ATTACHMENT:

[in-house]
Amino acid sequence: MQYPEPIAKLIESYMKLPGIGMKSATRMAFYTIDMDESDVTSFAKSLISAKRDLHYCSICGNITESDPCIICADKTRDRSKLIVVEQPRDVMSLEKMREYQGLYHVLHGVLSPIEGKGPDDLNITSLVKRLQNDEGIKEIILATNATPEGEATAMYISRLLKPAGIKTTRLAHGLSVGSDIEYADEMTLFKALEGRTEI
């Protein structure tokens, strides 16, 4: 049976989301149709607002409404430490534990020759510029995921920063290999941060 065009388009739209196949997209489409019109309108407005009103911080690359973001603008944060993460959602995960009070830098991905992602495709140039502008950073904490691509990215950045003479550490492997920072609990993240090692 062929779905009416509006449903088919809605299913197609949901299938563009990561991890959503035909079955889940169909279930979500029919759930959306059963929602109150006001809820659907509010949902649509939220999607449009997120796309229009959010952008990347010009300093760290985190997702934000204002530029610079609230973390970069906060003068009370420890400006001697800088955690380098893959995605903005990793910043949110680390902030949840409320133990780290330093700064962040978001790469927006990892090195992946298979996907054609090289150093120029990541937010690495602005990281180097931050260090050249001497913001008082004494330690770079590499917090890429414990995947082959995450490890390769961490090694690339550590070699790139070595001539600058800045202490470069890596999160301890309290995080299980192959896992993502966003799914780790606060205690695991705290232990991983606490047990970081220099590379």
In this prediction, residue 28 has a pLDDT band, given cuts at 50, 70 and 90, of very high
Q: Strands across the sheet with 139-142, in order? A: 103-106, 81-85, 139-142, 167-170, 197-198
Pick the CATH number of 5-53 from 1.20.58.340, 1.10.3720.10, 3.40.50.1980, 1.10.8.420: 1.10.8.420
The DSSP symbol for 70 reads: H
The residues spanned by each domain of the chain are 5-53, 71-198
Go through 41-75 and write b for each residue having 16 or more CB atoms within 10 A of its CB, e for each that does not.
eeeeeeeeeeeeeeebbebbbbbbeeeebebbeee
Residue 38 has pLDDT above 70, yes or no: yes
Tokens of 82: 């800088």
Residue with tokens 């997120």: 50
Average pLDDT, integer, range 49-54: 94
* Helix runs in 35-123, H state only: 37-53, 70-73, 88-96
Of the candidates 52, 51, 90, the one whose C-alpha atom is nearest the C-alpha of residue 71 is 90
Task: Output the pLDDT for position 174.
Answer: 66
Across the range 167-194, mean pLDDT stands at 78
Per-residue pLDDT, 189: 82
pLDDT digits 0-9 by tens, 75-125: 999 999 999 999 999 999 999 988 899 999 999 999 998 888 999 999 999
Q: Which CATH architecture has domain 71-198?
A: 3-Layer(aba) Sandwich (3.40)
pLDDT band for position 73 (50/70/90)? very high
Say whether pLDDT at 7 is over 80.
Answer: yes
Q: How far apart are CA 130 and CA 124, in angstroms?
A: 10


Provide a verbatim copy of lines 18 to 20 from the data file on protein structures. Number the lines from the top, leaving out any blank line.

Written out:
Answer: 66
Across the range 167-194, mean pLDDT stands at 78
Per-residue pLDDT, 189: 82